If one examines the graphs on population and economic growth, the reader can trace out and compare Victoria’s subsequent growth as both a producer and exporter of natural products and, by the end of the century, a manufacturer of finished goods.

Graph III: Production
Graph III: Production Details
Victoria’s population growth showed a rapid increase from 1851 to 1861 as settlers filled up the empty space available, though agriculture itself was in a primitive toiler state. From 1861 to 1881 population growth was steady but less sharply inclined which is reflected in the steady expansion of agriculture for the same period (see Graph III). However, population growth levels off in 1881 and actually declines by 1901. Interestingly, agricultural and manufacturing production jump forward significantly despite this population erosion. To explain this apparent anomaly we must turn to a description and analysis of the main economic components of the county’s growth.

There were three main areas of economic activity: 1) Agriculture 2) Forestry exploitation 3) Manufacturing and Retailing of goods. It must also be kept in mind that, besides the actual patterns and fluctuations of the interrelated growth of economics and population, there are the qualitative changes in the content of the economics of agriculture, forest products, and manufacturing that can point to decisive transformations in each field. These, in turn, can cause profound changes in people’s social, political and religious relationships. One illuminating example is the case of the Salvation Army which arrived in the urban centres of the county in the 1880s. though ridiculed and persecuted at first, the Army came to be accepted as a positive agent for the reform of such urban ills as alcoholism, unwed mothers and the care of the propertyless poor; an urban phenomenon in a countryside often land-rich though capital-poor.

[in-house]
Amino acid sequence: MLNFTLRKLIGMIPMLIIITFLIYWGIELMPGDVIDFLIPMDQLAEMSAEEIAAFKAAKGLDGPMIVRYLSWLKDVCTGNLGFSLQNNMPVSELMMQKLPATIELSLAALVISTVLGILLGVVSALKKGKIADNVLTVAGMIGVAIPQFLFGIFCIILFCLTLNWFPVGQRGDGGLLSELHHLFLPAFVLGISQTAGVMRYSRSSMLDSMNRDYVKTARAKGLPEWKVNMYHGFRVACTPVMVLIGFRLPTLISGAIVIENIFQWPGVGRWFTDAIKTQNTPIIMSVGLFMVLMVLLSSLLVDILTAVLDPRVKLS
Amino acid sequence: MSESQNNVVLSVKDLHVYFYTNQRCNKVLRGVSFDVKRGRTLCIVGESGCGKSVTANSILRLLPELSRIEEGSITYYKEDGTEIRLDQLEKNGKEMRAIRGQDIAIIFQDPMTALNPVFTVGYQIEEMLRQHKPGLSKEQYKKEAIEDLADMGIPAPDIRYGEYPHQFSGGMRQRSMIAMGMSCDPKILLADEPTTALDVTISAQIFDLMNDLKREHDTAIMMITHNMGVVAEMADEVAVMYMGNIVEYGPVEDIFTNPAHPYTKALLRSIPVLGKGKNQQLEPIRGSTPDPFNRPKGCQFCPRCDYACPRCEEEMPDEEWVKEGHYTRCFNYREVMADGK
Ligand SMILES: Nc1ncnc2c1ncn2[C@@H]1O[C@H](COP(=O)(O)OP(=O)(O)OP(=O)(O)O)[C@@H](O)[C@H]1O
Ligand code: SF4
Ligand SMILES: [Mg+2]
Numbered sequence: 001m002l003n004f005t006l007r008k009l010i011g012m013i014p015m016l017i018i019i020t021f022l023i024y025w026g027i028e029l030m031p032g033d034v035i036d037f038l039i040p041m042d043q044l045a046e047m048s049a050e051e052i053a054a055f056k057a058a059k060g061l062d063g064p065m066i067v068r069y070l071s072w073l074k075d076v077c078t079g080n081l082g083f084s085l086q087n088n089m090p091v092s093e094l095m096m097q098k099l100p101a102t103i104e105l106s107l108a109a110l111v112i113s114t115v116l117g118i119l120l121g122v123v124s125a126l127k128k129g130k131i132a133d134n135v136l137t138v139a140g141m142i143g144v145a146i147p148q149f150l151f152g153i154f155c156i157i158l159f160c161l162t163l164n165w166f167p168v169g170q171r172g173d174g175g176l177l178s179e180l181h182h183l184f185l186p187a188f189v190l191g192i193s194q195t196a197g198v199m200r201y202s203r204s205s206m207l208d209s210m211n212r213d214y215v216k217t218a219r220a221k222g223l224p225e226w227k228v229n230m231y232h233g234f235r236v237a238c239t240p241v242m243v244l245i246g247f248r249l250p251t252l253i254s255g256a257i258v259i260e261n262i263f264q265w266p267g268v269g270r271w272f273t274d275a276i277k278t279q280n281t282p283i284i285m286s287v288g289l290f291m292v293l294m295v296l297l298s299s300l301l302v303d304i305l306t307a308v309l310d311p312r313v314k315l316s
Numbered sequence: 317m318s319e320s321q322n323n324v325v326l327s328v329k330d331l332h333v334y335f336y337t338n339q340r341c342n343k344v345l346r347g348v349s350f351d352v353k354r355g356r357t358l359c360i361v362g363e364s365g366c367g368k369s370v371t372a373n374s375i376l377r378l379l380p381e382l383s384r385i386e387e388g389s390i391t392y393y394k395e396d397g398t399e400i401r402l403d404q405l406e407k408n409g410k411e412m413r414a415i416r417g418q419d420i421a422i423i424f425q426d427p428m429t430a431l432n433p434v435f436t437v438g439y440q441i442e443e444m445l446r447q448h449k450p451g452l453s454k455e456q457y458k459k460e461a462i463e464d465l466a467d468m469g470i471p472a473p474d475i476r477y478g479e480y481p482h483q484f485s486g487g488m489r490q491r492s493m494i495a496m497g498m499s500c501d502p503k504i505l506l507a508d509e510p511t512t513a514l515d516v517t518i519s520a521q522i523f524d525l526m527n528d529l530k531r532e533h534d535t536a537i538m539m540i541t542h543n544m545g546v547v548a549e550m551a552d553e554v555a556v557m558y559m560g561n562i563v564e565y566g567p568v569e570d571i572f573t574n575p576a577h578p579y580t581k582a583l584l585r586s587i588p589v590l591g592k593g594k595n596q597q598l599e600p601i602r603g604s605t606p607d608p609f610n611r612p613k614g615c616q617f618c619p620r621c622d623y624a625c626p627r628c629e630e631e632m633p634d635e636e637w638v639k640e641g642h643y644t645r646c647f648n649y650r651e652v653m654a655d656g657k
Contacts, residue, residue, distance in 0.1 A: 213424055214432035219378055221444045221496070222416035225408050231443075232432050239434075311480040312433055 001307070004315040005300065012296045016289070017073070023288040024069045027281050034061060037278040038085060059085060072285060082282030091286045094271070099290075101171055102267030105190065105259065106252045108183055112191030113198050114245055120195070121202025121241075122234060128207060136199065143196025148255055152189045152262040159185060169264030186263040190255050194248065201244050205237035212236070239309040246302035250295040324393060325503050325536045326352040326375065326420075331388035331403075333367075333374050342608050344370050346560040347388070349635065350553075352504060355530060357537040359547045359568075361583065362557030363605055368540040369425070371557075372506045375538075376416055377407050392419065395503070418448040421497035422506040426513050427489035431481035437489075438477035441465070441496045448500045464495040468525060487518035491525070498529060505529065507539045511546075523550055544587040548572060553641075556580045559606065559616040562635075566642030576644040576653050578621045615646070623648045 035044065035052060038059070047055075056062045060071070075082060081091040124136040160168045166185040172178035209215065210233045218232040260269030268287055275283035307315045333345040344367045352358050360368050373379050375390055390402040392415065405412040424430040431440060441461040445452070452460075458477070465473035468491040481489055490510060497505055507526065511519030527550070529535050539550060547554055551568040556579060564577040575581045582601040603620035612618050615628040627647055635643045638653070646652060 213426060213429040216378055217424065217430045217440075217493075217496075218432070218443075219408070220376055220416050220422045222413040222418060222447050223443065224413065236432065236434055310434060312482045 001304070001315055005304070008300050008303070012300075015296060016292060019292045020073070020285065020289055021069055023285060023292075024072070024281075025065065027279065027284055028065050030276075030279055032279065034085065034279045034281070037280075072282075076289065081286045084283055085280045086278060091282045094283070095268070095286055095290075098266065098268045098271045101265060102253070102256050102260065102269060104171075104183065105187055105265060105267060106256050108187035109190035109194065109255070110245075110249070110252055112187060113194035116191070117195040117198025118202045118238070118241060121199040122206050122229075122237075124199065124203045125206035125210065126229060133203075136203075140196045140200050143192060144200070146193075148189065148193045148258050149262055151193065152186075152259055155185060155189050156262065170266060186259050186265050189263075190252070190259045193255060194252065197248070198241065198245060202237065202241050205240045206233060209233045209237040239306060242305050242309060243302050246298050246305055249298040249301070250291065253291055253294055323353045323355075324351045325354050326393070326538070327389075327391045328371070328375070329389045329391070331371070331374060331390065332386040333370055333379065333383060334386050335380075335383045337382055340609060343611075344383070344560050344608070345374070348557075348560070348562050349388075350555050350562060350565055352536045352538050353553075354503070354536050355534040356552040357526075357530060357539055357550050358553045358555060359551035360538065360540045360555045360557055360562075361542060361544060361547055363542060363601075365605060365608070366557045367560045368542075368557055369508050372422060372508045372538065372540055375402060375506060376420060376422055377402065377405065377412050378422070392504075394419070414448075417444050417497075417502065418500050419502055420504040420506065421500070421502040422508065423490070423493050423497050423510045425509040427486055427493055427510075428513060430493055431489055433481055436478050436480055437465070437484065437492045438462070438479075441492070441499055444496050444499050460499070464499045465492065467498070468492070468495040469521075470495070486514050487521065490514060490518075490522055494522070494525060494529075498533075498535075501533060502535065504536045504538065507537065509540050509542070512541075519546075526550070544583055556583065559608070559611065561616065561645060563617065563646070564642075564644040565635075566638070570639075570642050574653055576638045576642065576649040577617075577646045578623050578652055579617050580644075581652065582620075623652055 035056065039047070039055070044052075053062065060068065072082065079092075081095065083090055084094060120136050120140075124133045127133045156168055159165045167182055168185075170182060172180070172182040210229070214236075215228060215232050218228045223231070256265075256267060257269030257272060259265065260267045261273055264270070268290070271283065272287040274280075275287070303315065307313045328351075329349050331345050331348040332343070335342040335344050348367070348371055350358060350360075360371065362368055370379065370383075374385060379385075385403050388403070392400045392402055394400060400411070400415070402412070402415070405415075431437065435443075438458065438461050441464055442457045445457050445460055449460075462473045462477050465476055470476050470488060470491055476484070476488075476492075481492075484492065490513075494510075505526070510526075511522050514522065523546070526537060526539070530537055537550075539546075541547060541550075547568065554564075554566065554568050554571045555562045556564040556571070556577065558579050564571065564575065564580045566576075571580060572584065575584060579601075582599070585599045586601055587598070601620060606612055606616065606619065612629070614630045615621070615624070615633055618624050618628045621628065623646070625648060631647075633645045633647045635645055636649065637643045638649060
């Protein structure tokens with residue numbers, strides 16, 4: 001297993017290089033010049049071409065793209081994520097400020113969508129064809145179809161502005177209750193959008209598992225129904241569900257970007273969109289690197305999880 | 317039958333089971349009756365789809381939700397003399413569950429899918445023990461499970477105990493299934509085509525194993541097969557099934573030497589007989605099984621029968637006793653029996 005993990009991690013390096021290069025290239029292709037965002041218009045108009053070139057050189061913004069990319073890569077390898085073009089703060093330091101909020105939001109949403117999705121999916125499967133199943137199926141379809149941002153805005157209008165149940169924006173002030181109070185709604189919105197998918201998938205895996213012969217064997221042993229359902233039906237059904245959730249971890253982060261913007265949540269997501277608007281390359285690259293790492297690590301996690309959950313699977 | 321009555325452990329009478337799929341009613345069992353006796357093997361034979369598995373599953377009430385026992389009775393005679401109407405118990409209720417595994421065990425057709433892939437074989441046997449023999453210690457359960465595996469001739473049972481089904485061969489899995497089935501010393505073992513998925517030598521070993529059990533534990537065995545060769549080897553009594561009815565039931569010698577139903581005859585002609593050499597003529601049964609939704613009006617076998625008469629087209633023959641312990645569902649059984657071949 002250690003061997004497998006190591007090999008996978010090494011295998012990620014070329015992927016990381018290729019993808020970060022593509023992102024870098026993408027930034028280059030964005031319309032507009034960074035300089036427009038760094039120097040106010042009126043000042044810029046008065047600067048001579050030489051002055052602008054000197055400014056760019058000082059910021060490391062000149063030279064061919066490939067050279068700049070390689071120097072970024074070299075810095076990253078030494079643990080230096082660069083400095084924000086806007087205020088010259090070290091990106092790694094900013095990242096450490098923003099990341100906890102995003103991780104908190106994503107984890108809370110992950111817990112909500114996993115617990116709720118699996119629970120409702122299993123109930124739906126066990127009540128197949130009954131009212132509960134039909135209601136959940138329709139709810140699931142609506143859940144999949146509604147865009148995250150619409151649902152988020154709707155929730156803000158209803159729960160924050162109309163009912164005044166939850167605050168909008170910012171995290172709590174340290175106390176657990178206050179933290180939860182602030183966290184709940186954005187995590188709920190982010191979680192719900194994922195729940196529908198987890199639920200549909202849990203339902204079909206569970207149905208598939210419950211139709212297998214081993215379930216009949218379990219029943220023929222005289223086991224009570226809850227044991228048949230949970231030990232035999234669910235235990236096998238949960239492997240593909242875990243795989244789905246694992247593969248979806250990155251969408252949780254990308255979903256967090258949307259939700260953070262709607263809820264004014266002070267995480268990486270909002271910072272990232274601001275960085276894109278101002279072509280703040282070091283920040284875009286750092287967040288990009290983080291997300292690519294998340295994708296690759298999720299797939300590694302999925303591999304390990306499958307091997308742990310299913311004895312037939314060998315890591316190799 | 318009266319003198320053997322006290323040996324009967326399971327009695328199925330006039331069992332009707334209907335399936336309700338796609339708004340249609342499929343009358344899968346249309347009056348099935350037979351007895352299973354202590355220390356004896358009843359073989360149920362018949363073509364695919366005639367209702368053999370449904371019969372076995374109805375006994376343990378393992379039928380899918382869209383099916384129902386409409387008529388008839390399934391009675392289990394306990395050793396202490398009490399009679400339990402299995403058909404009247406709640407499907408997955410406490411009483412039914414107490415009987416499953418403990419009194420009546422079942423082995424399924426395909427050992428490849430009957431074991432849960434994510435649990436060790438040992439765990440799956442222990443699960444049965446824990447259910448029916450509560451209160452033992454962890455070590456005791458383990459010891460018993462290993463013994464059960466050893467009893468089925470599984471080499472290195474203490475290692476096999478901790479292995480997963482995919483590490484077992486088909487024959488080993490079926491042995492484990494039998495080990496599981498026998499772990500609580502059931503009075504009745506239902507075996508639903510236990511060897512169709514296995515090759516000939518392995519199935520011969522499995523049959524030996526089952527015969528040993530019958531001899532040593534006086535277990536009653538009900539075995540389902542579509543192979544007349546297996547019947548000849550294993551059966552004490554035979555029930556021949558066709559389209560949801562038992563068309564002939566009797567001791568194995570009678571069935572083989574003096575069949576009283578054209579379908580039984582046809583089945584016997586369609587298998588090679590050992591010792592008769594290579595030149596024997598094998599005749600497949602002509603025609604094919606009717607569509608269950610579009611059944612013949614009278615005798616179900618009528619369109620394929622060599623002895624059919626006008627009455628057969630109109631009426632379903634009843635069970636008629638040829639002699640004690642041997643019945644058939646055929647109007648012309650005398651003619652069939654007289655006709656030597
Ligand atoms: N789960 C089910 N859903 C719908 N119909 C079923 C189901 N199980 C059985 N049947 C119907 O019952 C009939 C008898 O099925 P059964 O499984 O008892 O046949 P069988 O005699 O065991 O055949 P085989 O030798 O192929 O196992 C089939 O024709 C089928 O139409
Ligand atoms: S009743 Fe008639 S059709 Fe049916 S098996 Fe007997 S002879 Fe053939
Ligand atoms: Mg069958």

Agriculture, of course, was to a majority of the population the prime economic activity. There were two basic stages agricultural production went through: 1) a primitive ‘toiler’ stage when the land was first being settled (in the case of North Victoria this lasted right into the 1870s and 1880s) and 2) a mature agricultural economy tied to a cash market regardless of the content of produce.

These two divisions were expressed in farmers’ adaptation and skill in technology. Farming methods were in a crude state during the first stage of settlement because the division of labour was crude. Thus the farmer had to master a number of tasks without really being proficient in any one. With a more mature agricultural economy, the farmer could rely on the more sophisticated services of a local blacksmith, builder, etc. a concomitant of better agricultural services from neighbouring hamlets and craftsmen was the mechanical transformation of farm labour. As a result of investing in machinery, the farmer was able to vastly increase productivity while lessening manual labour. Thus while agricultural production was leaping ahead, rural depopulation was also occurring.

In agriculture it was clearly Mariposa that held the lead in production and therefore in rural riches and problems. While Mariposa has probably some of the finest rural architecture as evidence of its prosperity, it also serves to effectively demonstrate the changes in production of crops that occurred over time in the commercial agricultural portion of the county (ie. Eldon, Emily, Ops, Mariposa and parts of Fenelon and Verulam townships).

In the 1850s and 1860s wheat was the important cash crop. This was due to the shortages brought on by the Crimean war and then by the American Civil war. This world wheat shortage worked greatly to Canadian farmers’ advantage especially since Canada had reciprocity in natural products with the United States for much of the 1850s and 60s. Many of our low English grain barns date back to this early period of production. But with the end to these wars and the lapsing of reciprocity, the wheat market collapsed by the late 1860s.